During telephone triage, it is difficult to assign adequate urgency to patients with chest discomfort. Considering the time of calling could be helpful.
To assess the risk of acute coronary syndrome (ACS) in certain time periods and whether sex influences this risk.
Cross-sectional study of 1655 recordings of telephone conversations of patients who called the out-of-hours services primary care (OHS-PC) for chest discomfort. Call time, patient characteristics, symptoms, medical history and urgency allocation of the triage conversations were collected. The final diagnosis of each call was retrieved at the patient’s general practice. Absolute numbers of patients with and without ACS were plotted and risks per hour were calculated. The risk ratio of ACS at night (0 to 9 am) was calculated by comparing to the risk at other hours and was adjusted for gender and age.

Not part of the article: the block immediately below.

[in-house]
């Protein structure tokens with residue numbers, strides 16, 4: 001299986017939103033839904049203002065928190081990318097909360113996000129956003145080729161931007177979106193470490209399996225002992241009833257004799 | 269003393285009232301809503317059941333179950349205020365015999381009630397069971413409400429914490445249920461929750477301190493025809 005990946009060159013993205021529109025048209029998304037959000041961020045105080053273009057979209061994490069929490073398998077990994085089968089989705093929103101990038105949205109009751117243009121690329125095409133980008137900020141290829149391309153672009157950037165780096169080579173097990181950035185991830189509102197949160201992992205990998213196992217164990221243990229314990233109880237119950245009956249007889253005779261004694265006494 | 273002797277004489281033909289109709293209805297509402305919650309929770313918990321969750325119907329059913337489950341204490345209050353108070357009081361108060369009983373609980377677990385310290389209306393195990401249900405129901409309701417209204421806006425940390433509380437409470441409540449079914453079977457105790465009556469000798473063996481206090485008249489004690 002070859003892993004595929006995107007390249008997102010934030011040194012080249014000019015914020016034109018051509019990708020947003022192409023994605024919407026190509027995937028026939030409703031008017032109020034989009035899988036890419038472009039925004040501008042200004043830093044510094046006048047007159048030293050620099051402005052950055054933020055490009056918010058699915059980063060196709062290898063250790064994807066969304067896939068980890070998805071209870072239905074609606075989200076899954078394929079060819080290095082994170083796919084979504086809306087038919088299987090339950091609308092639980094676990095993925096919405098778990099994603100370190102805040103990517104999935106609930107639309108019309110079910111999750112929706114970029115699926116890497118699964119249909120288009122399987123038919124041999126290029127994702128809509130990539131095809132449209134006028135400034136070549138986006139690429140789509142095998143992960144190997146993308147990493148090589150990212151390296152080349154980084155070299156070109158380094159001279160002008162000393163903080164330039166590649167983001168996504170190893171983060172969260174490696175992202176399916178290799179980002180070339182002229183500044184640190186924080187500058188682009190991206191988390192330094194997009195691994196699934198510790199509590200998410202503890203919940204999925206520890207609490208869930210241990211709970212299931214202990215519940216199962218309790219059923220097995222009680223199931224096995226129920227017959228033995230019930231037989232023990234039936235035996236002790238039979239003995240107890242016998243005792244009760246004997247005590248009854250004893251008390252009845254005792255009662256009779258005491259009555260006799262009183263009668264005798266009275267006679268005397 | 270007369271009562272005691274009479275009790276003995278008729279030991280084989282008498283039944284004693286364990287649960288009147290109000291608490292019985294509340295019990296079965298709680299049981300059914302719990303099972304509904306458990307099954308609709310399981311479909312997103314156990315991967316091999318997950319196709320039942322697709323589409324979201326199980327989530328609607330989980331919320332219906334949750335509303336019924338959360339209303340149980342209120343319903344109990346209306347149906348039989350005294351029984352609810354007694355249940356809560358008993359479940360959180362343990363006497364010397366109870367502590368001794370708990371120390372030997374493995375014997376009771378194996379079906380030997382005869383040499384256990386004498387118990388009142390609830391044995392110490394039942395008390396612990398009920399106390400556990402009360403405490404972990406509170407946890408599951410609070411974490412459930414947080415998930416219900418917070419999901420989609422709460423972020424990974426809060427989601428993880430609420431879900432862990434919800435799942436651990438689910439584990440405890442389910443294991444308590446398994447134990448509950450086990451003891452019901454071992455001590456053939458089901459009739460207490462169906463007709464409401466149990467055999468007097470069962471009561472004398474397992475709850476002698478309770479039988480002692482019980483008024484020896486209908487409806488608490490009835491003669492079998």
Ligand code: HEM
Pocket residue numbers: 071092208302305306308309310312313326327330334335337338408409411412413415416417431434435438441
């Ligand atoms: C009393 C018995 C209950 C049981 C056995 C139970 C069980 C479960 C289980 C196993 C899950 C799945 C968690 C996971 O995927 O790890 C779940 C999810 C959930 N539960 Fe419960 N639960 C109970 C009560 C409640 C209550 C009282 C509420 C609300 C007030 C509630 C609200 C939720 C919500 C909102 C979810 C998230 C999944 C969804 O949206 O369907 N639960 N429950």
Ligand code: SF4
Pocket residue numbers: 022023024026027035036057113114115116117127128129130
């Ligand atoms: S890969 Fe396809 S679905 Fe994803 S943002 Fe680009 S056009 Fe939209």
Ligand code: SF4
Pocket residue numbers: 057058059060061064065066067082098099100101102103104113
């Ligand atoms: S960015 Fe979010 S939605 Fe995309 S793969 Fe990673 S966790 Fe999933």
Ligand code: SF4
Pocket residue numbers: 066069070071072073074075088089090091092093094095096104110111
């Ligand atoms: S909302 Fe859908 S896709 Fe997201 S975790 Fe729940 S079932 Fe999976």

The mean age of callers was 58.9 (standard deviation ±19.5) years, 55.5% were women and, in total, 199 (12.0%) had an ACS. The crude risk ratio for an ACS at night was 1.80 (confidence interval 1.39-2.34, P < 0.001): 2.33 (1.68-3.22, P < 0.001) for men and 1.29 (0.83-1.99, P = 0.256) for women. The adjusted risk ratio for ACS of all people at night was 1.82 (1.07-3.10, P = 0.039).
Patients calling the OHS-PC for chest discomfort between 0 and 9 am have almost twice a higher risk of ACS than those calling other hours, a phenomenon more evident in men than in women. At night, dispatching ambulances more ‘straightaway’ could be considered for these patients with chest discomfort.
NTR7331.

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